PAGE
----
Abstract

The focus of this study is to further develop an understanding of the local petrogenesis and related magmatic processes within Pillow Ridge, located in the Mount Edziza Volcanic Complex (MEVC), northwest British Columbia. This area, in addition to the regional MEVC, is poorly understood with regards to emplacement mechanisms and eruptive history. We examine textural and geochemical indicators from xenolithic samples from pillow units further detailed in Edwards et al., 2008, which are composed of gabbroic xenoliths within host basalts. Textural evidence supports our hypothesis that these xenoliths represent varying degrees of disaggregation and assimilation into the intruding melt. Incompatible elements (Nb, Zr and Y) from xenoliths, host rocks and previous data from Pillow Ridge samples (Franceschi et al., 2014) reveal that these xenoliths are related to the basaltic melt via fractional crystallization, although significant decoupling is seen in most major and trace elements. Furthermore, amphibole cumulus phases are seen in some gabbroic xenoliths, which are atypical of ordinary basalt fractionation. We propose that metasomatism is responsible for both A) decoupling seen in most geochemical comparisons and B) irregular hydrous phases in some xenoliths, through the addition of silica and H2O rich fluids into the basaltic cumulus pile. In addition, we propose that the eruptions that emplaced these pillow units are derived from a common parent magma source, wherein relict fractional byproducts (xenoliths) evolved and were extruded in later eruptions.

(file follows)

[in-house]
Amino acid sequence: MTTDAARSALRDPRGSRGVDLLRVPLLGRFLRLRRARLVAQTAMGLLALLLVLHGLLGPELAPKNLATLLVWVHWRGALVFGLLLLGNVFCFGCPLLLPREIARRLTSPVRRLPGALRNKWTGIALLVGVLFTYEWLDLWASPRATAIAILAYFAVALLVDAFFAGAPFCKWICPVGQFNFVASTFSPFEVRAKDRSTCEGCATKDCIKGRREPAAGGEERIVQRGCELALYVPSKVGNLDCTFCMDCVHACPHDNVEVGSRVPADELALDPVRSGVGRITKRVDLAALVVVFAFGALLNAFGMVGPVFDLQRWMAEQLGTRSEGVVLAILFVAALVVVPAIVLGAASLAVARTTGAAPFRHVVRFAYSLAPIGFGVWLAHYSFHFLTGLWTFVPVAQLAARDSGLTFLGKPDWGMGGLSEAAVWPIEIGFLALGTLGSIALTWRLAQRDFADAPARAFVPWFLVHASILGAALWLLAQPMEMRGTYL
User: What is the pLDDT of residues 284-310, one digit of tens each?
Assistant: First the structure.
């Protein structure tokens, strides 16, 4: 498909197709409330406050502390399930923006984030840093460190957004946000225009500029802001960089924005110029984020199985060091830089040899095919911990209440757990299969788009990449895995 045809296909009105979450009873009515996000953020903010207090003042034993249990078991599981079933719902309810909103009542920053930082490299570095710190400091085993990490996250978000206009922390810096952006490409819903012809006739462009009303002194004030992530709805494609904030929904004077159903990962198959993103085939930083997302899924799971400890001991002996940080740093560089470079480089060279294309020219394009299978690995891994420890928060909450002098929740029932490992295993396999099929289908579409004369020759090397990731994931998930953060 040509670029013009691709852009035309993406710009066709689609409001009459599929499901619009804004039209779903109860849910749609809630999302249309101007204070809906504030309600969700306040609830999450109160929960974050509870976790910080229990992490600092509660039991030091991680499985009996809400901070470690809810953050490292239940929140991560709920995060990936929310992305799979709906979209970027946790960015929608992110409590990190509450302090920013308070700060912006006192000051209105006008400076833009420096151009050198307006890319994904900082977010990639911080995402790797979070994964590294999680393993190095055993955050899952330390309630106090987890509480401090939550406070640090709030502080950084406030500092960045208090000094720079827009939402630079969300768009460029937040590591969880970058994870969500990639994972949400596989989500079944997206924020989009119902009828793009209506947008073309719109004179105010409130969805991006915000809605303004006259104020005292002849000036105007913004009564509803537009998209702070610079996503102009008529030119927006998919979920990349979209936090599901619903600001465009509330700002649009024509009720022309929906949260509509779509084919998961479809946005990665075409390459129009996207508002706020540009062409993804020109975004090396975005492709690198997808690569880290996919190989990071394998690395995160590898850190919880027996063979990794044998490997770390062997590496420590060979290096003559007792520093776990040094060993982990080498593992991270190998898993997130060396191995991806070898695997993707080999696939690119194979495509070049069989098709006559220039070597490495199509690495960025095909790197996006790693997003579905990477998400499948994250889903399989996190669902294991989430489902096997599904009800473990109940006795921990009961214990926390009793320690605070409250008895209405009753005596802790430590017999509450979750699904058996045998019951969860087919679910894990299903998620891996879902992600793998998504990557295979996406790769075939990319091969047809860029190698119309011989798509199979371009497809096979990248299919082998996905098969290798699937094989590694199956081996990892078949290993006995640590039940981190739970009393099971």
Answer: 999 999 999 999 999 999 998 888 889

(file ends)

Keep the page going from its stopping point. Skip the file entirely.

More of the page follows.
Advisor

Pollock, Meagen

Department

Geology

Disciplines

Geology | Volcanology

Publication Date

2015

Degree Granted

Bachelor of Arts

Document Type

Senior Independent Study Thesis

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© Copyright 2015 Leo Jones